Destinations now understand that opening access to local government, health systems, research and education establishments, and industries may encourage focused groups like academics, medical professionals, and industry leaders to bring their specialities, influence and knowledge as change agents to their cities.
Convention bureaux are moving away from focusing on fun and towards being an interface between visiting conventions and local government, social, health and industry stakeholders. As James Latham of The Iceberg (an organisation that champions such seismic shifts in the destinations industry) describes it: “moving from being travel agents to change agents.”What is driving this transformation? What do these forward-thinking cities want from visiting conferences? Why are they investing in such resources? The answer is one word: legacy.
Legacy An emerging movement believes that it is not enough, not acceptable, and just not OK, to bring thousands of delegates to a destination without leaving behind a three to five-year legacy for the local community. This legacy could take the shape of a social, healthcare, or economic program, one that’s germane to the group visiting the region.
A city that has become the home for a particular technology or industry may use a conference to raise its international profile, highlight employment opportunities and bring investment. Or a local community may struggle with a medical condition, and a medical convention may bring educational programs, medical specialists and interventionists that can provide a boost to local health systems and professionals. The opportunities are as endless as the need for such legacy conferences worldwide.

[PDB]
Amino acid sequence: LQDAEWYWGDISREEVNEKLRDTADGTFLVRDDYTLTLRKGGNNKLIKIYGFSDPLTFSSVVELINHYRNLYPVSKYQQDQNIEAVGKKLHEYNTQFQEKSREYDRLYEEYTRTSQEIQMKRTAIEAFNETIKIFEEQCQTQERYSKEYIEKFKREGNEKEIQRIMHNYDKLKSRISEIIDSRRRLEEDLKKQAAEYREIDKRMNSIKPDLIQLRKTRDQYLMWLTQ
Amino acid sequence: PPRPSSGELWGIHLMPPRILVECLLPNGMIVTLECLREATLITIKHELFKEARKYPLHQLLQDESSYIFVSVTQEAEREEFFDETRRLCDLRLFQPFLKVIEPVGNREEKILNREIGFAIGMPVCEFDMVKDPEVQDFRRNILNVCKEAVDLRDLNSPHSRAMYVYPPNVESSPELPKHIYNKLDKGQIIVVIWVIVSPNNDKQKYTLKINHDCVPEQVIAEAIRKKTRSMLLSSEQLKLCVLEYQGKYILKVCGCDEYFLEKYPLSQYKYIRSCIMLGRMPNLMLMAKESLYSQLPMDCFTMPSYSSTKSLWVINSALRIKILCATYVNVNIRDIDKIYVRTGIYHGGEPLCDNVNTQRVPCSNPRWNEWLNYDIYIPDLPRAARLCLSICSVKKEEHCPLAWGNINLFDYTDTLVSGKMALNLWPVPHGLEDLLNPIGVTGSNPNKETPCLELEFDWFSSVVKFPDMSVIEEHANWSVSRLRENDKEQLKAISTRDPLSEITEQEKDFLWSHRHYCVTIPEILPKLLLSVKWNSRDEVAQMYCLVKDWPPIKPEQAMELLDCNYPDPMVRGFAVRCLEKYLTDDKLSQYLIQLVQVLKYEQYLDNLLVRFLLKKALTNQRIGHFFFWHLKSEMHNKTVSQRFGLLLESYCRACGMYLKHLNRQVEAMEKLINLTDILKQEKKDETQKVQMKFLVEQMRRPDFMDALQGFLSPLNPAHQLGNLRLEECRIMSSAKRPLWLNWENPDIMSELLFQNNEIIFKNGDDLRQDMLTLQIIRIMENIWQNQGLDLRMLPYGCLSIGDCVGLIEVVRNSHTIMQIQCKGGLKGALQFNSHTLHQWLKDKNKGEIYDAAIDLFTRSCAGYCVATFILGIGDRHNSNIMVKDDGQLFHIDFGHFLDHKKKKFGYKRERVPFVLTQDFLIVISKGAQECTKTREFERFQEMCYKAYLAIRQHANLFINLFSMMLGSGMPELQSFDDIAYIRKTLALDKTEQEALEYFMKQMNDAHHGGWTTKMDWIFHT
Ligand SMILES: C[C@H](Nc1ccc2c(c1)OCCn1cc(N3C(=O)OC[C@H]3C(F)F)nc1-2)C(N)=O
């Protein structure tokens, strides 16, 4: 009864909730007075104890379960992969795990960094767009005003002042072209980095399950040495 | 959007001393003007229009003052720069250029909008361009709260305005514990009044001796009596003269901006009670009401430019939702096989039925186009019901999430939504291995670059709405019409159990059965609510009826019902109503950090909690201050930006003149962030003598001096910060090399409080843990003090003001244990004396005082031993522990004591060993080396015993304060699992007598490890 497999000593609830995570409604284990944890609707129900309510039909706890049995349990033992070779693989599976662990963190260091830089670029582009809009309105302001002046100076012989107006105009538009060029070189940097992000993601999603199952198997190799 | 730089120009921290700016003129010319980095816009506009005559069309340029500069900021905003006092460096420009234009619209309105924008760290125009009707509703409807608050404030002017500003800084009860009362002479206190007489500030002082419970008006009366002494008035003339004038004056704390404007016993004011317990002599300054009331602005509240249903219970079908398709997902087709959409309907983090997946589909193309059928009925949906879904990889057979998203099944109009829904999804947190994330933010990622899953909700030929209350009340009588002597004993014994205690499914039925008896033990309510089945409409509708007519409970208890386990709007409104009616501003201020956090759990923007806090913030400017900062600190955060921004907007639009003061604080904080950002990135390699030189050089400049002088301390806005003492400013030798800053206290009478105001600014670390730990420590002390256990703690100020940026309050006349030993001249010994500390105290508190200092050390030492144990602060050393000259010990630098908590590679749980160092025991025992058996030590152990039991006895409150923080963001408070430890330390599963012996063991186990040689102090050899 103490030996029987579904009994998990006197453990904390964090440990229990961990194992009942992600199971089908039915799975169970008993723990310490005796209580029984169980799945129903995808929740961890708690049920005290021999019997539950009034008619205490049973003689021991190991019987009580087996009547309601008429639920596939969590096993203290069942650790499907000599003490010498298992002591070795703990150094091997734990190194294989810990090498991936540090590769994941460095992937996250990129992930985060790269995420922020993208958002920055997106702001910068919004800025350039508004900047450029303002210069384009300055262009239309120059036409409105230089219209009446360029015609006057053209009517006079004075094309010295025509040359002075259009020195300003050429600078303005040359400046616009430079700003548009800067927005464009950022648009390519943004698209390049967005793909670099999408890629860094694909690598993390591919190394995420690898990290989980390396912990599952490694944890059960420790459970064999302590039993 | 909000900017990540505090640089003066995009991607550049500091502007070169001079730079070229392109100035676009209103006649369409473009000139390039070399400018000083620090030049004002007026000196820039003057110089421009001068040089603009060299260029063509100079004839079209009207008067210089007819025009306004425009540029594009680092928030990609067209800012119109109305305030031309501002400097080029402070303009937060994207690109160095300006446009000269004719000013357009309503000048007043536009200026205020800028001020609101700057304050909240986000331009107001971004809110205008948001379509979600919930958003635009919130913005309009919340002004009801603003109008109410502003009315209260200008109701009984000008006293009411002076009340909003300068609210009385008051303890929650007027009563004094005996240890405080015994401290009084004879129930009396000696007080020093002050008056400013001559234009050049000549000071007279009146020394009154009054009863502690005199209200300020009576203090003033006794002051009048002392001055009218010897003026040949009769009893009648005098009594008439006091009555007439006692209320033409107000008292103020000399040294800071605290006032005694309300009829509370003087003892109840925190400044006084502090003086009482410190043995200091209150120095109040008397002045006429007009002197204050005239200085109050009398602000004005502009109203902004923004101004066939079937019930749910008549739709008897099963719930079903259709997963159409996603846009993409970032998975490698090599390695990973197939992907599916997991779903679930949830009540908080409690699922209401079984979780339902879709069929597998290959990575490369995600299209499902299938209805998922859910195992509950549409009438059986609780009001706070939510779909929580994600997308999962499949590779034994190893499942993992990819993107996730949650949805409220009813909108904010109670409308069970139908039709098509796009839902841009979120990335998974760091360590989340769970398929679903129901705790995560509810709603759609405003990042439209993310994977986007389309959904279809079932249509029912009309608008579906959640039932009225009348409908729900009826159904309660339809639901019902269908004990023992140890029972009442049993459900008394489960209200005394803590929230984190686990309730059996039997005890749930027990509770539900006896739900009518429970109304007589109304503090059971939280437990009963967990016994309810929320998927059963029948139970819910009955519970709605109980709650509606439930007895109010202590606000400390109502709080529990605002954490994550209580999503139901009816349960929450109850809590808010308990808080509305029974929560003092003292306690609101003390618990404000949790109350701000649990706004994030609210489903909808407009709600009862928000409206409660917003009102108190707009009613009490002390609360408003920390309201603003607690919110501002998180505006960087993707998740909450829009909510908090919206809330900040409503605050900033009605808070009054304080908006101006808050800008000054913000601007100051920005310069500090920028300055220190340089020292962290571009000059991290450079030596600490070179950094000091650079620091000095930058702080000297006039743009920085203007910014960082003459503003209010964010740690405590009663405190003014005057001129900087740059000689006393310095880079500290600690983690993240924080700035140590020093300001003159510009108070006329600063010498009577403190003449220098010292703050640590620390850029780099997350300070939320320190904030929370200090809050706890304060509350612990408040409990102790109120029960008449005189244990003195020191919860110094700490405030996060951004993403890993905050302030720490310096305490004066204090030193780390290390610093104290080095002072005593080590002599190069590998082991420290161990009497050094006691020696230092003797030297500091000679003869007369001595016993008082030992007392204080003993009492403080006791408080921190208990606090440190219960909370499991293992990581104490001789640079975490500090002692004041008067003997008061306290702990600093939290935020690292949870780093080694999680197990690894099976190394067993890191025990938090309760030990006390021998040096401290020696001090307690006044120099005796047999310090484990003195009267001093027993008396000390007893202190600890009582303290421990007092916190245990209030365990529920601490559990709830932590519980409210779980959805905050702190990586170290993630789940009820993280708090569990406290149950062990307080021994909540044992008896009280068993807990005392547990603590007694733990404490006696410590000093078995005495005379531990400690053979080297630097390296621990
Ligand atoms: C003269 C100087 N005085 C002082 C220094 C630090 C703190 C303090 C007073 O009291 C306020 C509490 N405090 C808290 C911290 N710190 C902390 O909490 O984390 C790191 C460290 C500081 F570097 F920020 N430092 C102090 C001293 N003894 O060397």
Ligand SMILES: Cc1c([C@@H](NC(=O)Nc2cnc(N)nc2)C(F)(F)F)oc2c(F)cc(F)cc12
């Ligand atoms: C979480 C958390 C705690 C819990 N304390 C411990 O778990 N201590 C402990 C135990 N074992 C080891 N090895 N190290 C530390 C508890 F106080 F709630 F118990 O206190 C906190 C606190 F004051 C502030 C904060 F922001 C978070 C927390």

Legacy meets associations, associations meets legacy For an industry like associations, this is a tailor-made opportunity. Associations are packed with passionate specialists who understand their worlds and their associated challenges and opportunities, and who are begging for opportunities to plug into the destinations with which they resonate. They’re ready to collaborate in the creation of legacy outcomes. Associations are conference specialists, they’re doing them all the time, there’s nothing new there.
The change needed in the association world is a paradigm shift from member-centric to mission-centric, from an internal to an external focus. We need to see associations raising themselves on the value chain, taking their place at the table with industry and government rather than appealing to their philanthropy and lobbying for change. Executive Directors and presidents should see the creation of their legacy portfolios as a badge of honour and achievement on their tenures.
A Taste of Success Let’s take a look at what a successful legacy conference leaves behind. Starting with a fairy-tale ending, about five years ago, the annual congress of the European Society for Radiotherapy and Oncology, ESTRO, chose Madrid as its destination because it recognised that the city had a challenge with cancer.